Finkelmeier plan: Councilor proposes longer terms, staggered races

To avoid a potential political pitfall, a Wapakoneta City Council member suggested lengthening the terms of office for councilors and council president and staggering the terms of all city elected officials.

Councilor-at-large Tom Finkelmeier Jr. proposed a plan to extend the terms of councilors and council president to four-year terms from two-year terms. He also proposed having the council president elected the same year as councilors representing the wards and the mayor, auditor, treasurer, law director elected the same year as councilors-at-large.

“Every four years, the totality of the elected government of Wapakoneta could be voted out of office,” Finkelmeier told his colleagues during Monday’s council meeting. “I feel I have done a fairly decent job throwing myself in all there is to do and to learn with this job and I still feel I am barely scratching the surface, so it is a concern with me that we could lose the entire institutional memory of this legislative body.

“I would suggest we have a discussion that we propose to the electorate that the president of council office become a four-year term and stagger the term so the city could not lose its institutional memory of both the council president and the mayor at one time,” he said, presenting a chart for a possible new election cycle.

He noted the electorate would have to vote in favor of the change during a general election, which the 2012 November election is.

Council President Steve Henderson, who  placed the issue into a special committee, under the direction of Finkelmeier, favored a larger committee to review the proposal.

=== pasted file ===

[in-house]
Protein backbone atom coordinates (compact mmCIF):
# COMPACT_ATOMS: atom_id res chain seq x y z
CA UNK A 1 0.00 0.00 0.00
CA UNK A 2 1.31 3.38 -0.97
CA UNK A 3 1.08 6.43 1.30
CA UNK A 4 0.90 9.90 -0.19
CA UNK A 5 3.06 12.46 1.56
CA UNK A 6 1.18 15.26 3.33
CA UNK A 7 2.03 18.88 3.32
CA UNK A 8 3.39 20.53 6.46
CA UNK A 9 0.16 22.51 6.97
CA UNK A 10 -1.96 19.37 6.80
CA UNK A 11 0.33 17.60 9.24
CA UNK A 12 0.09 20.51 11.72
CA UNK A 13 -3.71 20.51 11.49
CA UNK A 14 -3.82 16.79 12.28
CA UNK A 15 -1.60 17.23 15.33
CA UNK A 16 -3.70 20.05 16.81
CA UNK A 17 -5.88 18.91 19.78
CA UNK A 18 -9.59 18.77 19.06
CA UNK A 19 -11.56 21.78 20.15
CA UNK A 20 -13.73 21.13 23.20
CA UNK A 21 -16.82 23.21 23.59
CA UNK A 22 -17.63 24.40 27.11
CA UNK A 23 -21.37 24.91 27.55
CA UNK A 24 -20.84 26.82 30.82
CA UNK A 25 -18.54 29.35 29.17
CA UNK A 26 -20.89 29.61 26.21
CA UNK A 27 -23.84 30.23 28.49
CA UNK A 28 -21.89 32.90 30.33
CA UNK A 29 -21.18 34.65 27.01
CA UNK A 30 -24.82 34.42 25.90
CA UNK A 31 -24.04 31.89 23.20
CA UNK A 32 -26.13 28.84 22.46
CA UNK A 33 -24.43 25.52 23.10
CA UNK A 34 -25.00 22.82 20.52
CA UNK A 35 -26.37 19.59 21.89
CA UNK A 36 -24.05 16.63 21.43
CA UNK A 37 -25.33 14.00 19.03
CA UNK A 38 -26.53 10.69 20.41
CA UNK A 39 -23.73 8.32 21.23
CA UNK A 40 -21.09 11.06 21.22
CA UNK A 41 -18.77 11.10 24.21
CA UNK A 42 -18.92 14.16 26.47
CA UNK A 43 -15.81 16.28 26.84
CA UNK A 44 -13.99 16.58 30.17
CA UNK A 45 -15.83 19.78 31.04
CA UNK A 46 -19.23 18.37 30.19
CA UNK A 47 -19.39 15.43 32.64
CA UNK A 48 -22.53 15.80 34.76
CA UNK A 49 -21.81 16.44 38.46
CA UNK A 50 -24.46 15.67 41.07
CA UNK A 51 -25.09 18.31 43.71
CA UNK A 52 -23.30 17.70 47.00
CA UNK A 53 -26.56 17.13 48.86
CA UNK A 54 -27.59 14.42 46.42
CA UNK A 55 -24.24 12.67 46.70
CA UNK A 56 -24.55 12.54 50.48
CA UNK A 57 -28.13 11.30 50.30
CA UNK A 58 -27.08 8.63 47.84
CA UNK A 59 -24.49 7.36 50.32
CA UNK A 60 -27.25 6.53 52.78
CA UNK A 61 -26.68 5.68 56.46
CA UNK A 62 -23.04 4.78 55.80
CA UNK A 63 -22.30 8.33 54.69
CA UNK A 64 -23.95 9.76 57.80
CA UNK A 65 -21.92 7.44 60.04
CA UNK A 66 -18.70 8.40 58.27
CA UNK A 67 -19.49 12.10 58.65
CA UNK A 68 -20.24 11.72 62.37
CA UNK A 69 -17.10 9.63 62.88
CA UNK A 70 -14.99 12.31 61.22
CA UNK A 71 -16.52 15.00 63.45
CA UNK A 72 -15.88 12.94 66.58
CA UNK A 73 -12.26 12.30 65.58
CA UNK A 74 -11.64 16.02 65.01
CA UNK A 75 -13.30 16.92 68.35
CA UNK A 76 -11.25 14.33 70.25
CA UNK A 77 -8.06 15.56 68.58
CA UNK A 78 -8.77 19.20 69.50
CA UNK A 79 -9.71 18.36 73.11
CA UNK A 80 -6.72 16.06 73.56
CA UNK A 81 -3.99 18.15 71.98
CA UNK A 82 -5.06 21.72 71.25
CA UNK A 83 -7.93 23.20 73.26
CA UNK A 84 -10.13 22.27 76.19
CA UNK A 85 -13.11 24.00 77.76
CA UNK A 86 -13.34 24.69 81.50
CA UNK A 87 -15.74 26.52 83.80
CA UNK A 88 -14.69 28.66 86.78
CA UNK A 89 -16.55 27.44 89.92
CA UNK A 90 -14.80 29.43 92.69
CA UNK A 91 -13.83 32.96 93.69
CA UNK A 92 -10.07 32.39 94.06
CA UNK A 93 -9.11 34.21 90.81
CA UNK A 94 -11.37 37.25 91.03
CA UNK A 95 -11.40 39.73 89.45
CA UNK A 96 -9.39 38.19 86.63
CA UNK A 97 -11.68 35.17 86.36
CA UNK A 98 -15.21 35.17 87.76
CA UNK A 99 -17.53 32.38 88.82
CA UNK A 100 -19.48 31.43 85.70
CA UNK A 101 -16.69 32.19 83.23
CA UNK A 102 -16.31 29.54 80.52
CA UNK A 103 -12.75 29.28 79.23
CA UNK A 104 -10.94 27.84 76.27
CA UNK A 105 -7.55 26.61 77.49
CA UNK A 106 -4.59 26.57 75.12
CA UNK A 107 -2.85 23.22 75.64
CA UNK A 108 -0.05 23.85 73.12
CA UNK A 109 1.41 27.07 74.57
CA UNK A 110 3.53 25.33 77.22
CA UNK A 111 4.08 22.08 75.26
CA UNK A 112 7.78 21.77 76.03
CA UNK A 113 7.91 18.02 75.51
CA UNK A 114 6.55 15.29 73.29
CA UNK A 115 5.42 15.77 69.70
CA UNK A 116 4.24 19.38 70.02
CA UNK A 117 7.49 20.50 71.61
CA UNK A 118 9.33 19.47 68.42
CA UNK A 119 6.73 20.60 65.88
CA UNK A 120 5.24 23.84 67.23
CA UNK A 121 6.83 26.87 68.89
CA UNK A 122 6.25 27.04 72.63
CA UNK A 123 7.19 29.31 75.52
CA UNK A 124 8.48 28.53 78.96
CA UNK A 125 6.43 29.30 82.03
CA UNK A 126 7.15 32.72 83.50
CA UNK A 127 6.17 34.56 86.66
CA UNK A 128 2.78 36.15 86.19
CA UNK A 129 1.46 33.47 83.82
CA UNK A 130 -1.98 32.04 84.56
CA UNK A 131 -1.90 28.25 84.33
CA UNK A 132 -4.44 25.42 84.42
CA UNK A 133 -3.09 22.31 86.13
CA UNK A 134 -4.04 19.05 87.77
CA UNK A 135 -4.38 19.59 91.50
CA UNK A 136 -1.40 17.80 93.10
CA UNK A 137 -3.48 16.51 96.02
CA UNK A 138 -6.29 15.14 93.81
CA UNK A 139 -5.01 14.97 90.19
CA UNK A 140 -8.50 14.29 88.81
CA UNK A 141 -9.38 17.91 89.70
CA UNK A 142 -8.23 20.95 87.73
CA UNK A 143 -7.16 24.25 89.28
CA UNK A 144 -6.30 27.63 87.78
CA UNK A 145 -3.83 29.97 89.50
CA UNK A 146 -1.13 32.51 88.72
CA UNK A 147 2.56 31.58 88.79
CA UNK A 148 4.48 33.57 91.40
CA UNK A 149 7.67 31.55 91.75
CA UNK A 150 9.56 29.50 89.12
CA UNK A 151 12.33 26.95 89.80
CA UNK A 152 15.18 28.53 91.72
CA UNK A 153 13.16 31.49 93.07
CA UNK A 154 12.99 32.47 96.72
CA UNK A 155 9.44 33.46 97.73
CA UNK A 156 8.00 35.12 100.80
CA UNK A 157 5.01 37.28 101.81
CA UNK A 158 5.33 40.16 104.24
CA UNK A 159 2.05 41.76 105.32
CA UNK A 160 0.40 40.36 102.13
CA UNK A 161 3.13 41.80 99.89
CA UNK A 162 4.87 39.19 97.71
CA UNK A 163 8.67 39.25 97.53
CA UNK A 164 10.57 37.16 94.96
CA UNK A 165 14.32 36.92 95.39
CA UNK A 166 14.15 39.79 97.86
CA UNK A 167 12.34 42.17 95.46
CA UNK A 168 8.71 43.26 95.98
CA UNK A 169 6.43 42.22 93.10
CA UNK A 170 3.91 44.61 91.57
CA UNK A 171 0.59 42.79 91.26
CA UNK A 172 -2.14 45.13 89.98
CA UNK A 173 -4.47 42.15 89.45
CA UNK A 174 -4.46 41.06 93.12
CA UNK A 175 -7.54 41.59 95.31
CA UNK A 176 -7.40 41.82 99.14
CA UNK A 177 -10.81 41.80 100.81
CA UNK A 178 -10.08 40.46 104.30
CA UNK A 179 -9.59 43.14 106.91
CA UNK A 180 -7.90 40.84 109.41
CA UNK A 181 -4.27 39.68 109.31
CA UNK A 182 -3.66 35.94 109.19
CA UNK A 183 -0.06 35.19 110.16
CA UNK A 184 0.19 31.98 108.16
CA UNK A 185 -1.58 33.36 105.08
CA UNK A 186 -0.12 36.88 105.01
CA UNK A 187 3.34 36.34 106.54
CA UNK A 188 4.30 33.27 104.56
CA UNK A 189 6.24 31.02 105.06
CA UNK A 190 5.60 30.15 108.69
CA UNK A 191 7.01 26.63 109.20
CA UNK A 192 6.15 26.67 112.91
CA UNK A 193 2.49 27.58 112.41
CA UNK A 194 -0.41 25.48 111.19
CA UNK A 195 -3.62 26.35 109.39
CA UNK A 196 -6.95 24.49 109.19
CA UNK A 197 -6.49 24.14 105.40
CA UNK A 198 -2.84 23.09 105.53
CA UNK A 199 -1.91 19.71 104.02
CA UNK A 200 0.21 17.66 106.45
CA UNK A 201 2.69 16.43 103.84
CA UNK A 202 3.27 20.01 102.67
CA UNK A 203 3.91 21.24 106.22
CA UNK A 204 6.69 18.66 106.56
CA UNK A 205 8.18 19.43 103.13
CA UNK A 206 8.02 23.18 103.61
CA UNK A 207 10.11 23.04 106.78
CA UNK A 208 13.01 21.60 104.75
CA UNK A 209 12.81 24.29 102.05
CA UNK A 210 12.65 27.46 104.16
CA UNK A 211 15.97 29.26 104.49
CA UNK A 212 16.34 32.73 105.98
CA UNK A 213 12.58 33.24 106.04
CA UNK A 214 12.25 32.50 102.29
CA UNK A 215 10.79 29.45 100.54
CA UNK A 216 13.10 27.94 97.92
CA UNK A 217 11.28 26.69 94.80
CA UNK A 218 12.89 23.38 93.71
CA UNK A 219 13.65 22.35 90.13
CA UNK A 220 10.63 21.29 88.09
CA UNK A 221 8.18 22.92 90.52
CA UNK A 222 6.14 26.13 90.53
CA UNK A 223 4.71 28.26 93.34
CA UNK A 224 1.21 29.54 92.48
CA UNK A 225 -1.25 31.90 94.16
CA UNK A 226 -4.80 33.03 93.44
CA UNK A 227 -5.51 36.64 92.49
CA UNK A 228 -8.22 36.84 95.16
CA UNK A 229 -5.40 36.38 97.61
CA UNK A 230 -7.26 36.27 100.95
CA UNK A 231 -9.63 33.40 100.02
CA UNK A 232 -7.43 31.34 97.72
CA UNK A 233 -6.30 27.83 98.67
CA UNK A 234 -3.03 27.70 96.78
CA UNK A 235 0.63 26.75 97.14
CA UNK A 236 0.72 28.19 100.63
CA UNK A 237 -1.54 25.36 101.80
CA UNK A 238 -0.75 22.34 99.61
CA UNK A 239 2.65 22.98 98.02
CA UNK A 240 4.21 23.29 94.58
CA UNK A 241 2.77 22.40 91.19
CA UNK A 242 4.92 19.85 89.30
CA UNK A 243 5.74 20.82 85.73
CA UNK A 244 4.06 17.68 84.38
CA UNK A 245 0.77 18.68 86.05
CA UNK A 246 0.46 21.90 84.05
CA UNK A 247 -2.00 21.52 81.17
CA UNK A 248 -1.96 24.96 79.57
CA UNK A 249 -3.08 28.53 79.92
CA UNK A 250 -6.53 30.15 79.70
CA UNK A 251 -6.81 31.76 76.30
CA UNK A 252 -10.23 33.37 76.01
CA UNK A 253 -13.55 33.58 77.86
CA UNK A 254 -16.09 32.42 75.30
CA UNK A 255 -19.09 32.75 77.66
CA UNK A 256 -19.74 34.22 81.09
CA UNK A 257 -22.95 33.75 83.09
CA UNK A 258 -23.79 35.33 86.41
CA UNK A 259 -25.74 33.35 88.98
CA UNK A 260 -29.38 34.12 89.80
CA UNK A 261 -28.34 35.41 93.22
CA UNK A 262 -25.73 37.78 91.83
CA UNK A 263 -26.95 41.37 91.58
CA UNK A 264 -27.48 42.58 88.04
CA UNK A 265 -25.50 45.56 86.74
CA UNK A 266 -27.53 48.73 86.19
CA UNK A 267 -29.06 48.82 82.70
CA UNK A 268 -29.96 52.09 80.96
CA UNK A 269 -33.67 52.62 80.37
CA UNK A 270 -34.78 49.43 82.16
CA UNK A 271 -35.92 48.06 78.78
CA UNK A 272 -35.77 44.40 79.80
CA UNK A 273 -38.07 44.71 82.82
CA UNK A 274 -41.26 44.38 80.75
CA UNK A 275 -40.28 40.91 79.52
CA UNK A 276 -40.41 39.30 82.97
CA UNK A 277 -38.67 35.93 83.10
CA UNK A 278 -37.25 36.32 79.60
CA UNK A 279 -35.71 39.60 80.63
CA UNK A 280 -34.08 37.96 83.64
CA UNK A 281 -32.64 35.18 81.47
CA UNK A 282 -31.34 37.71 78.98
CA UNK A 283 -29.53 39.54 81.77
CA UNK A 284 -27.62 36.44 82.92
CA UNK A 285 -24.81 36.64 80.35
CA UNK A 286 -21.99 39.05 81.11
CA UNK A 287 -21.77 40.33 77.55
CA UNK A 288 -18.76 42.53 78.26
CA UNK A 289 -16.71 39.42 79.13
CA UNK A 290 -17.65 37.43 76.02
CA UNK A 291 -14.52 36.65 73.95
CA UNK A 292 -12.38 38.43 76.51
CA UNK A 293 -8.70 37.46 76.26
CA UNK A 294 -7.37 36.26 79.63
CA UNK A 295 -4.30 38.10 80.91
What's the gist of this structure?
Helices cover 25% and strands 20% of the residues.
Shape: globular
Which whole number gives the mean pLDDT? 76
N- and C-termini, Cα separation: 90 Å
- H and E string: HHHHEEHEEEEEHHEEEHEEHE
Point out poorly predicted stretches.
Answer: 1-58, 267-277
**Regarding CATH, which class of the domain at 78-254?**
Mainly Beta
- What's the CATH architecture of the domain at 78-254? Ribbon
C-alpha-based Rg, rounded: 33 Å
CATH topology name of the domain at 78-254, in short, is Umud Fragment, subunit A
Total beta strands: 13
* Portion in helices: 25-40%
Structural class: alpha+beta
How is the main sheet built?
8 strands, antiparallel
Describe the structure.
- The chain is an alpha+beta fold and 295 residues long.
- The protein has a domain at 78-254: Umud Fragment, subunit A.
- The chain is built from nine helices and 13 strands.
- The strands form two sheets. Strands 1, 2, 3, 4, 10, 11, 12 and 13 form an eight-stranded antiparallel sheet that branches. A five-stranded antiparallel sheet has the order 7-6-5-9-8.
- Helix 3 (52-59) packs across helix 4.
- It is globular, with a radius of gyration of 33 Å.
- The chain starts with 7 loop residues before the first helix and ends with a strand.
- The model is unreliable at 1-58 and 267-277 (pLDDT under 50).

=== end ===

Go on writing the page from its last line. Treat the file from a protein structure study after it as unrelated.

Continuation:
A special joint Health and Safety Committee and Communications and Rules Committee meeting is scheduled for 3:30 p.m. Jan. 17 to start addressing the issue. Communications and Rules Committee is chaired by newcomer 4th Ward Councilor Chad Doll, while the Health and Safety Committee is chaired by Finkelmeier.

Henderson favored the longer terms for councilors and especially council president as well as the staggering of the terms, a move he thought was a good idea when broached by former Council President Don Jump.

“I think the change makes sense for council and for the people of Wa-pakoneta,” Henderson told the Wapakoneta Daily News. “I think the move benefits the citizens because at no one time will the city lose all of the legislative experience gained in the last term — at the least some of the people serving will have two years in office.

“While I encourage new people to become part of the process and to seek political office in an effort to give back to their community,” he said, “there is a learning curve to sitting in these chairs and to wipe the slate clean would eliminate the experiences gained by current councilors, not only in this chamber but in their committees, and would ultimately slow down the legislative process and the responsiveness of council.”

Mayor Rodney Metz said he understood Finkelmeier’s reasoning behind the proposal, but the mayor advised the committee do its due diligence.

“I agree with the concept and other communities have done it successfully and unsuccessfully,” Metz said after Monday’s meeting. “One of the difficulties is they found it harder to adopt controversial legislation during the election cycle because it can split the council.”

He voiced some concern that the entire council and elected office holders could be voted from office under the current system.

“There are those dangerous years where everyone could be ousted from office and that has always worried me,” the mayor said. “This would eliminate the dangerous year where you could have everyone replaced and it does provide continuity for the electorate. No matter what we want the city to function and function effectively.

“There are a lot of day-to-day activities that an experienced council does help with so it makes sense to maintain at least some in office,” he said.

During the meeting, Finkelmeier gained the quick vocal support of two councilors — 2nd Ward Councilor Dan Lee and Councilor-at-large Dan Graf.

“I would like to see this council take this under advisement,” 2nd Ward Councilor Dan Lee said. “I would like to see this come to fruitition. It just makes sense.”